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The Merchants of OranA Jewish Port at the Dawn of Empire$
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Joshua Schreier

Print publication date: 2017

Print ISBN-13: 9780804799140

Published to Stanford Scholarship Online: September 2018

DOI: 10.11126/stanford/9780804799140.001.0001

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PRINTED FROM STANFORD SCHOLARSHIP ONLINE (www.stanford.universitypressscholarship.com). (c) Copyright Stanford University Press, 2021. All Rights Reserved. An individual user may print out a PDF of a single chapter of a monograph in SSO for personal use.date: 17 September 2021

Conclusion

Conclusion

Moralities and Mythologies

Chapter:
(p.149) Conclusion
Source:
The Merchants of Oran
Author(s):

Joshua Schreier

Publisher:
Stanford University Press
DOI:10.11126/stanford/9780804799140.003.0008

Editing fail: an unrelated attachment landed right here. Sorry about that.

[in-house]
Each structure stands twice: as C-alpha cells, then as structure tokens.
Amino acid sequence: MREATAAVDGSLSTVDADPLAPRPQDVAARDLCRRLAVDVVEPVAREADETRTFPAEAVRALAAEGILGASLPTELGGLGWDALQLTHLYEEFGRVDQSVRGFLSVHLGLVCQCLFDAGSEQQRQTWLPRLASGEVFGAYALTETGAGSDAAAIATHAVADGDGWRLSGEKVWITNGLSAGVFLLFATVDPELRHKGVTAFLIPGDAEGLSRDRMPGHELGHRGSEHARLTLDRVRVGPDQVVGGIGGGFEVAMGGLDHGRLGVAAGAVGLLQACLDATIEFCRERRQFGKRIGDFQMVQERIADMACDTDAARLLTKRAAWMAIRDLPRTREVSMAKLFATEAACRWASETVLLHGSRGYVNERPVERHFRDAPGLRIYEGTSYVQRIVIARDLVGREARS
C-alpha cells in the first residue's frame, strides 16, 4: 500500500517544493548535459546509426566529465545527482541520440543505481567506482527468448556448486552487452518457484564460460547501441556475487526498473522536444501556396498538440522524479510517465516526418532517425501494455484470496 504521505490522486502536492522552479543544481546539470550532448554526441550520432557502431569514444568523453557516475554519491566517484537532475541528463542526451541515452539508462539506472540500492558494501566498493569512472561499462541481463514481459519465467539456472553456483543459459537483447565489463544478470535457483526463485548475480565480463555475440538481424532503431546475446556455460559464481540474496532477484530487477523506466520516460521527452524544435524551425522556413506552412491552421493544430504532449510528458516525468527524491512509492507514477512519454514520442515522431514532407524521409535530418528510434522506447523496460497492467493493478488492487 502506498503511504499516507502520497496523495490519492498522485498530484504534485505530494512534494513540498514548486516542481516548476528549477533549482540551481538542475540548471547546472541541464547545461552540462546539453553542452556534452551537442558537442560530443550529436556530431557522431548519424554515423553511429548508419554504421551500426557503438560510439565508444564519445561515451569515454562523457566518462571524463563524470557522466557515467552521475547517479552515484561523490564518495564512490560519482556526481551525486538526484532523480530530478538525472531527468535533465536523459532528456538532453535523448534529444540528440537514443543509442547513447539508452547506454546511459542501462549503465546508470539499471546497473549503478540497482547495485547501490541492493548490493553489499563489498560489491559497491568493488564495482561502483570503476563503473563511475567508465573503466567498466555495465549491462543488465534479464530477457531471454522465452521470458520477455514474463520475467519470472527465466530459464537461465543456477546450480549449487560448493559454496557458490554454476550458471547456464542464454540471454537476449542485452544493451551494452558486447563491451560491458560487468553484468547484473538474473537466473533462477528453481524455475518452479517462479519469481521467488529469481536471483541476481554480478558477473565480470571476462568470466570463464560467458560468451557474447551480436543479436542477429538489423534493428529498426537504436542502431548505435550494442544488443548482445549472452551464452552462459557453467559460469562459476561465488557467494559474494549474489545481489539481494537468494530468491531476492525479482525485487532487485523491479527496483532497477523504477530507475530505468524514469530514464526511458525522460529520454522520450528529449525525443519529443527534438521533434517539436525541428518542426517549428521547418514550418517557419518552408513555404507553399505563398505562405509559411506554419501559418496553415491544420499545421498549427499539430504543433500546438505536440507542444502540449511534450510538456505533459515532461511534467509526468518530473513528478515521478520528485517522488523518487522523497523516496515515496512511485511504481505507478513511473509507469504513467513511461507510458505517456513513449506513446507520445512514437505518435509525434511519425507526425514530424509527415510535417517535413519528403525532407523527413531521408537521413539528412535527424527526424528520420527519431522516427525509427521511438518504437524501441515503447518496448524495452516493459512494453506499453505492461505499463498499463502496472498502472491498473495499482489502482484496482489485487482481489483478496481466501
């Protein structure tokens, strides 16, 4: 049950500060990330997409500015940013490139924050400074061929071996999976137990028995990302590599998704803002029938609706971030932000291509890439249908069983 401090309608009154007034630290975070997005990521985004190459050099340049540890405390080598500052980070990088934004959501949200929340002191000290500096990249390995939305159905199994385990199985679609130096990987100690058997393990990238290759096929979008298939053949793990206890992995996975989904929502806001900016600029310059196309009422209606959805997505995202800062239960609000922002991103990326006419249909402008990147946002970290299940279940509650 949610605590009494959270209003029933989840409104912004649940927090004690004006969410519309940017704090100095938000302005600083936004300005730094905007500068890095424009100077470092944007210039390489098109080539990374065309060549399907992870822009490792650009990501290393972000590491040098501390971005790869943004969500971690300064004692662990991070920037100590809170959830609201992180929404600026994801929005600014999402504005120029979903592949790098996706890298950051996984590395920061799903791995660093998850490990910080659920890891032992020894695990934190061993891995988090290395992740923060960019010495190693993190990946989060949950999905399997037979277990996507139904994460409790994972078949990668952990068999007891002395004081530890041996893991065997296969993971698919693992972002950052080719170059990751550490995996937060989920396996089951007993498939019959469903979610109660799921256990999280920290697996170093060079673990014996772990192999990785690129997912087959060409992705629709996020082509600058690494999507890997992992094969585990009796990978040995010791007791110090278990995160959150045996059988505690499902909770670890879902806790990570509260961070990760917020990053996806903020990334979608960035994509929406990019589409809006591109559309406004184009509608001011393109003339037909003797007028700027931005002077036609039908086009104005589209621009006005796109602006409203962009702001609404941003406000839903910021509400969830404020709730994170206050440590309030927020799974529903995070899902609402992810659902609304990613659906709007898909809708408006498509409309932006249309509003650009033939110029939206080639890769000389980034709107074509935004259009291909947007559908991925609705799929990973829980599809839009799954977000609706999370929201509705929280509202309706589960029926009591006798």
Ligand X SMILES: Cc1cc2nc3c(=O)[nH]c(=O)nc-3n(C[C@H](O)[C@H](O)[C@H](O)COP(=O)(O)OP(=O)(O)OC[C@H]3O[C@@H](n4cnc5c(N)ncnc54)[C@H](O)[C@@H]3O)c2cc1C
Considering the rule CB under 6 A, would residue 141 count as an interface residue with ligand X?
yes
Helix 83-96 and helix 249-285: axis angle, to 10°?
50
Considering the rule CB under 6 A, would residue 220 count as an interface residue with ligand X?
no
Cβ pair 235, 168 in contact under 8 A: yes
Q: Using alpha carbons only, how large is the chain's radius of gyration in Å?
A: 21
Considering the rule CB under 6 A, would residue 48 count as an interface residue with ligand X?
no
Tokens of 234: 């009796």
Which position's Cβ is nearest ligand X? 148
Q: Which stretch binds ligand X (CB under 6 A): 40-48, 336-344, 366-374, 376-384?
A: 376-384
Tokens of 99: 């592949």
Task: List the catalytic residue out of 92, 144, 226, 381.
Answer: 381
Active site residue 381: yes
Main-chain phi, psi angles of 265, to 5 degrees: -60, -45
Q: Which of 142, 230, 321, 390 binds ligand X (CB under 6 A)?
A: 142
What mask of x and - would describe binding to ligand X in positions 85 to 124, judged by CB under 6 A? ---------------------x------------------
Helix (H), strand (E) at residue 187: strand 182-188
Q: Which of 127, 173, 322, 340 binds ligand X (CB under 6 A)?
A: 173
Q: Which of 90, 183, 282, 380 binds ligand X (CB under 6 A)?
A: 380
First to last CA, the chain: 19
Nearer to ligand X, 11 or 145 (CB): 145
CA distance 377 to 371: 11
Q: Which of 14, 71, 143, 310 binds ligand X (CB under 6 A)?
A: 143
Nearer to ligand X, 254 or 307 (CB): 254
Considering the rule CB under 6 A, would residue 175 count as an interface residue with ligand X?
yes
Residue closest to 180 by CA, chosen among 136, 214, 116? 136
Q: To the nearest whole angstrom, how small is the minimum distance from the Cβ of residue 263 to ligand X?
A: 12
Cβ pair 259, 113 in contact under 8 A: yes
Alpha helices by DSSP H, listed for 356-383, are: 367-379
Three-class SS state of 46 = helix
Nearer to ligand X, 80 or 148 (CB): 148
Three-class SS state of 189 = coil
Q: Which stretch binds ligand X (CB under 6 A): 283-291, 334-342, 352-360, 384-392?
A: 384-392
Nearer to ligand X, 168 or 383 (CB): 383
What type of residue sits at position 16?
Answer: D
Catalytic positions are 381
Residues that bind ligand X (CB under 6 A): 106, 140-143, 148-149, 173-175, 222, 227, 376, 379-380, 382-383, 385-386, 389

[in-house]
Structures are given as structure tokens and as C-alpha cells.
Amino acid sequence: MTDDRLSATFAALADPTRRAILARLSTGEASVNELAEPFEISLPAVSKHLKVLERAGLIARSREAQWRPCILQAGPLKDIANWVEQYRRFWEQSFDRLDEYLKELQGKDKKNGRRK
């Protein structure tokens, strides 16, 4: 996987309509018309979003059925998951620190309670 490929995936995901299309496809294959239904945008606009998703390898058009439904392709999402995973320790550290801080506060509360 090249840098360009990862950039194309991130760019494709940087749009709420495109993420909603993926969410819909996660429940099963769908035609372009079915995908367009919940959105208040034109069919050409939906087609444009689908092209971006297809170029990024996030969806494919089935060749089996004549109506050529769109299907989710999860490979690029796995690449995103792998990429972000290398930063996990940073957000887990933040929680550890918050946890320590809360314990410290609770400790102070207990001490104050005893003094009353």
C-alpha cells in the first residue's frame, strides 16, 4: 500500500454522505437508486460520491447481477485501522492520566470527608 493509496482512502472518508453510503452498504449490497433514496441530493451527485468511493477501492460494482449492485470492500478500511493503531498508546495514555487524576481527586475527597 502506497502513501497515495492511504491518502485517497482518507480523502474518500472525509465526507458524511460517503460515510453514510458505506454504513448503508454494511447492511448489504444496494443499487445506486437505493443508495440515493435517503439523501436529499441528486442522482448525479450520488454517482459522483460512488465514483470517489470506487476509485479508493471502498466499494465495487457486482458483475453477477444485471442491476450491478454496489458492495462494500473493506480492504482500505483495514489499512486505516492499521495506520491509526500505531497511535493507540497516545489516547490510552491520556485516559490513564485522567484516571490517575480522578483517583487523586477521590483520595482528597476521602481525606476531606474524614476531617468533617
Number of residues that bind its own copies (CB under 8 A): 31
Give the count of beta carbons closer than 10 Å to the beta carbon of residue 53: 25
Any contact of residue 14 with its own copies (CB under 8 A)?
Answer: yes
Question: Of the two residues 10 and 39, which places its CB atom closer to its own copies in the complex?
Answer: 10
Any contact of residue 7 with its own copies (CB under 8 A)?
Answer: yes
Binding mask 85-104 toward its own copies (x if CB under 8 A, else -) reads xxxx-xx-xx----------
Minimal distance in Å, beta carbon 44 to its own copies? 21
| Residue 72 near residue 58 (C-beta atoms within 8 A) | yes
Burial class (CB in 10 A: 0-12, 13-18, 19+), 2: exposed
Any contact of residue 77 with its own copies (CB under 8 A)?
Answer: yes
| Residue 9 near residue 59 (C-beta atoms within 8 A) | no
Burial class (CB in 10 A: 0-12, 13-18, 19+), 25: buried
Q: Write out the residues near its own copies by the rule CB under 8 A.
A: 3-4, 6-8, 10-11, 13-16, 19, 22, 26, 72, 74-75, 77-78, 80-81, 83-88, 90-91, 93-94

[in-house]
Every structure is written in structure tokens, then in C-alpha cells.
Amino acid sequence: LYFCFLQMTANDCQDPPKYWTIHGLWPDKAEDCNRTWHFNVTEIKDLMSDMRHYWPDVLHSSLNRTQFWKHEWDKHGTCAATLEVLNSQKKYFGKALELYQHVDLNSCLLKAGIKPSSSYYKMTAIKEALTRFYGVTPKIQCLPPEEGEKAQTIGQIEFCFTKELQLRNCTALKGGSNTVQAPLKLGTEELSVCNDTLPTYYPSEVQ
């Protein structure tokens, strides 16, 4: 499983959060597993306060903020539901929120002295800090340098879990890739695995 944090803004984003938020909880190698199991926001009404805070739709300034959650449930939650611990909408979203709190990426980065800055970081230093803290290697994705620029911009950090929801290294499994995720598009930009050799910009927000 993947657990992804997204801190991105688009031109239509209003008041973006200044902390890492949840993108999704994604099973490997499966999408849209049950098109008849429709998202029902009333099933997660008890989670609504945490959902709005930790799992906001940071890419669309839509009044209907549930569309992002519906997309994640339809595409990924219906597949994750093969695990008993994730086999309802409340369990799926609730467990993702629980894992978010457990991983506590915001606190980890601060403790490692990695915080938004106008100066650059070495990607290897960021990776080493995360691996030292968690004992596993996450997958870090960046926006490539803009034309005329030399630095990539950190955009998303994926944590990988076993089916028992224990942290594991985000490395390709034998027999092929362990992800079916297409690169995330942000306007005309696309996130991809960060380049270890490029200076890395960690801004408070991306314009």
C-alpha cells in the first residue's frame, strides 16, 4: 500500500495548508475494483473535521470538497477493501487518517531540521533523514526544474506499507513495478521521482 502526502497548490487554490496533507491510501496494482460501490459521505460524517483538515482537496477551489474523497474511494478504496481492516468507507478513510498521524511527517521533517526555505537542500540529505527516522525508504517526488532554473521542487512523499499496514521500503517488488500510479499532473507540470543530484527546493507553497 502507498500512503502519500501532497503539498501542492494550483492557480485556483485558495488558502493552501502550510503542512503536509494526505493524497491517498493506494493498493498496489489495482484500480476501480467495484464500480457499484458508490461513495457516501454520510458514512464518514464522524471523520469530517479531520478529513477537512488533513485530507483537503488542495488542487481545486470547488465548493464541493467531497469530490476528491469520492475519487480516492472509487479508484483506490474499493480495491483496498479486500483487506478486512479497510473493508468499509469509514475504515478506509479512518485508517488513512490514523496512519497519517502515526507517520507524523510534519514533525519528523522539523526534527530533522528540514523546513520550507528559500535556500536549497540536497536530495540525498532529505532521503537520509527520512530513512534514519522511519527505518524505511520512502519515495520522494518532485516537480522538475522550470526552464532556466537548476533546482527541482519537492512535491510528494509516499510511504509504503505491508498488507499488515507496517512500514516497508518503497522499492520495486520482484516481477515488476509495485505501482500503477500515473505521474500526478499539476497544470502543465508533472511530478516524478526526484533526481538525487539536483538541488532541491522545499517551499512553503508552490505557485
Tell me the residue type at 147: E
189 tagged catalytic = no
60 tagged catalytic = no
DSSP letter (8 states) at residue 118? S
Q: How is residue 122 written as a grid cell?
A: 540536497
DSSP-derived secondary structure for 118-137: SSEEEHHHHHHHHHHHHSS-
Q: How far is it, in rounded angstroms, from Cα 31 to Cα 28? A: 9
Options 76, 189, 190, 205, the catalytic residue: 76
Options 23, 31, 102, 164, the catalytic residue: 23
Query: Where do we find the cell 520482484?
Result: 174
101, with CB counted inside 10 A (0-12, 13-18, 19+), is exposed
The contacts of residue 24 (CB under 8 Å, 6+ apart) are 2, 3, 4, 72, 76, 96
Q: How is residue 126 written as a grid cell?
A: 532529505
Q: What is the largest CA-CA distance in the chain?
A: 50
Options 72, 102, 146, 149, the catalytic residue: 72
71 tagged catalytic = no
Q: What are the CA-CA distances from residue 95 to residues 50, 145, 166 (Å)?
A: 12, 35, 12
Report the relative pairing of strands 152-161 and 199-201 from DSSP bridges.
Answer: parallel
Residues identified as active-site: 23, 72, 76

French civil status records reveal that in all likelihood, Jacob Lasry was married simultaneously to two women. This returns a paradox discussed in the introduction, notably that Jacob Lasry, France’s chosen agent of “civilization” in Oran, apparently maintained practices that French colonial law singled out as “indigenous.” Civilizing mission notwithstanding, France could not afford to alienate this class of local Jewish merchants. It follows that colonial Oran was deeply shaped by them. With the introduction of new ideas, institutions and laws, however, all classes of Jews were increasingly understood to be “indigenous.” This process led, after several decades, to a naturalization decree based entirely on religion. “Jew” evolved into a subset of “French citizen,” while “Muslim” increasingly described the “colonial subject.” France had initiated the process of Jewish reification, minoritization, and isolation from their Muslim neighbors.

Keywords:   France, Colonialism, Lasry, Oran, Algeria, Jews, Minorities-Middle East, Muslim-Jewish relations, Merchants

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